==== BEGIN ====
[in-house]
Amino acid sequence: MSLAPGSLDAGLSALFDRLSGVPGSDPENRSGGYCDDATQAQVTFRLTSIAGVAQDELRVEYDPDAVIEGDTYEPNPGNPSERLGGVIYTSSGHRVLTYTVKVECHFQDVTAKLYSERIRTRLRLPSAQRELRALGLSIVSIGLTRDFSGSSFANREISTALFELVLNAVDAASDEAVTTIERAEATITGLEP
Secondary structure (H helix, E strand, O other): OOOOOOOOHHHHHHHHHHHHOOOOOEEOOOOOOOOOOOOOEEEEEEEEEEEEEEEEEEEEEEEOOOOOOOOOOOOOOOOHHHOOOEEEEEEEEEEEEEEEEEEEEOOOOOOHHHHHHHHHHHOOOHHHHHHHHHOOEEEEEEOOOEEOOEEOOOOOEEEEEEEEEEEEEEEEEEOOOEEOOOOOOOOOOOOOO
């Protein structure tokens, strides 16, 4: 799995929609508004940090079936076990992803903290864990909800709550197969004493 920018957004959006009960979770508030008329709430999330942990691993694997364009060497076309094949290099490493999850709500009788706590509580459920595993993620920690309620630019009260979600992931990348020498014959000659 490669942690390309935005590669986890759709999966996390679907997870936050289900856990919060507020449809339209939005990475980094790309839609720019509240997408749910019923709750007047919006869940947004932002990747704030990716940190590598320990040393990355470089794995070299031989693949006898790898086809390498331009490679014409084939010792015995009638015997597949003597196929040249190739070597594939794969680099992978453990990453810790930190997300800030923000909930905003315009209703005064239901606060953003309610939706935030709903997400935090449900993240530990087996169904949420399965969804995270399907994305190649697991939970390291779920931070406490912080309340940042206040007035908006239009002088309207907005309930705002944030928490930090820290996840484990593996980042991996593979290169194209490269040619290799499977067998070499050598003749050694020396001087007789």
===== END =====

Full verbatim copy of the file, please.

[in-house]
Amino acid sequence: MSLAPGSLDAGLSALFDRLSGVPGSDPENRSGGYCDDATQAQVTFRLTSIAGVAQDELRVEYDPDAVIEGDTYEPNPGNPSERLGGVIYTSSGHRVLTYTVKVECHFQDVTAKLYSERIRTRLRLPSAQRELRALGLSIVSIGLTRDFSGSSFANREISTALFELVLNAVDAASDEAVTTIERAEATITGLEP
Secondary structure (H helix, E strand, O other): OOOOOOOOHHHHHHHHHHHHOOOOOEEOOOOOOOOOOOOOEEEEEEEEEEEEEEEEEEEEEEEOOOOOOOOOOOOOOOOHHHOOOEEEEEEEEEEEEEEEEEEEEOOOOOOHHHHHHHHHHHOOOHHHHHHHHHOOEEEEEEOOOEEOOEEOOOOOEEEEEEEEEEEEEEEEEEOOOEEOOOOOOOOOOOOOO
């Protein structure tokens, strides 16, 4: 799995929609508004940090079936076990992803903290864990909800709550197969004493 920018957004959006009960979770508030008329709430999330942990691993694997364009060497076309094949290099490493999850709500009788706590509580459920595993993620920690309620630019009260979600992931990348020498014959000659 490669942690390309935005590669986890759709999966996390679907997870936050289900856990919060507020449809339209939005990475980094790309839609720019509240997408749910019923709750007047919006869940947004932002990747704030990716940190590598320990040393990355470089794995070299031989693949006898790898086809390498331009490679014409084939010792015995009638015997597949003597196929040249190739070597594939794969680099992978453990990453810790930190997300800030923000909930905003315009209703005064239901606060953003309610939706935030709903997400935090449900993240530990087996169904949420399965969804995270399907994305190649697991939970390291779920931070406490912080309340940042206040007035908006239009002088309207907005309930705002944030928490930090820290996840484990593996980042991996593979290169194209490269040619290799499977067998070499050598003749050694020396001087007789």